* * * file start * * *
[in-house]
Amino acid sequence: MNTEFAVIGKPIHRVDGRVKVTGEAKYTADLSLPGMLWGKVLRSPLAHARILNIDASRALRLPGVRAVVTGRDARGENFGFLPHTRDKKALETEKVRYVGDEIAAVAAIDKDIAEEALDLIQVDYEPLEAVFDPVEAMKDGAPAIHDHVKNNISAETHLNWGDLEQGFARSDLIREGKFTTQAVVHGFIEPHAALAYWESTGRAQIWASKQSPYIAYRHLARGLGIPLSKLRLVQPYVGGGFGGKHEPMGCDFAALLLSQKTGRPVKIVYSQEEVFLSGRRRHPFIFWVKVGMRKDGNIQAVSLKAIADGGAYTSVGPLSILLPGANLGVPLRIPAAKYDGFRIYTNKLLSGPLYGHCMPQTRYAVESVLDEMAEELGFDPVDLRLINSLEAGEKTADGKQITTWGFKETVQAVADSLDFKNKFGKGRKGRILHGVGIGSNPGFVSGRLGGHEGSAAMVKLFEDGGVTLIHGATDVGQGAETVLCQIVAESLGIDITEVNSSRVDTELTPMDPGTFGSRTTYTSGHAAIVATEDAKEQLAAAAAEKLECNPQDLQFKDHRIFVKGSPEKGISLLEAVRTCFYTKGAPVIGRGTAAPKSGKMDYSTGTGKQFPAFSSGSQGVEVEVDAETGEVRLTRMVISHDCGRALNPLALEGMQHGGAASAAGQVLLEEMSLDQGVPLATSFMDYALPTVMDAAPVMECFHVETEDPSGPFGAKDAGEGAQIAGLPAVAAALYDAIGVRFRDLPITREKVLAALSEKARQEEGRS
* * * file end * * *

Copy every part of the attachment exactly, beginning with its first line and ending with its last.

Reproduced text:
[in-house]
Amino acid sequence: MNTEFAVIGKPIHRVDGRVKVTGEAKYTADLSLPGMLWGKVLRSPLAHARILNIDASRALRLPGVRAVVTGRDARGENFGFLPHTRDKKALETEKVRYVGDEIAAVAAIDKDIAEEALDLIQVDYEPLEAVFDPVEAMKDGAPAIHDHVKNNISAETHLNWGDLEQGFARSDLIREGKFTTQAVVHGFIEPHAALAYWESTGRAQIWASKQSPYIAYRHLARGLGIPLSKLRLVQPYVGGGFGGKHEPMGCDFAALLLSQKTGRPVKIVYSQEEVFLSGRRRHPFIFWVKVGMRKDGNIQAVSLKAIADGGAYTSVGPLSILLPGANLGVPLRIPAAKYDGFRIYTNKLLSGPLYGHCMPQTRYAVESVLDEMAEELGFDPVDLRLINSLEAGEKTADGKQITTWGFKETVQAVADSLDFKNKFGKGRKGRILHGVGIGSNPGFVSGRLGGHEGSAAMVKLFEDGGVTLIHGATDVGQGAETVLCQIVAESLGIDITEVNSSRVDTELTPMDPGTFGSRTTYTSGHAAIVATEDAKEQLAAAAAEKLECNPQDLQFKDHRIFVKGSPEKGISLLEAVRTCFYTKGAPVIGRGTAAPKSGKMDYSTGTGKQFPAFSSGSQGVEVEVDAETGEVRLTRMVISHDCGRALNPLALEGMQHGGAASAAGQVLLEEMSLDQGVPLATSFMDYALPTVMDAAPVMECFHVETEDPSGPFGAKDAGEGAQIAGLPAVAAALYDAIGVRFRDLPITREKVLAALSEKARQEEGRS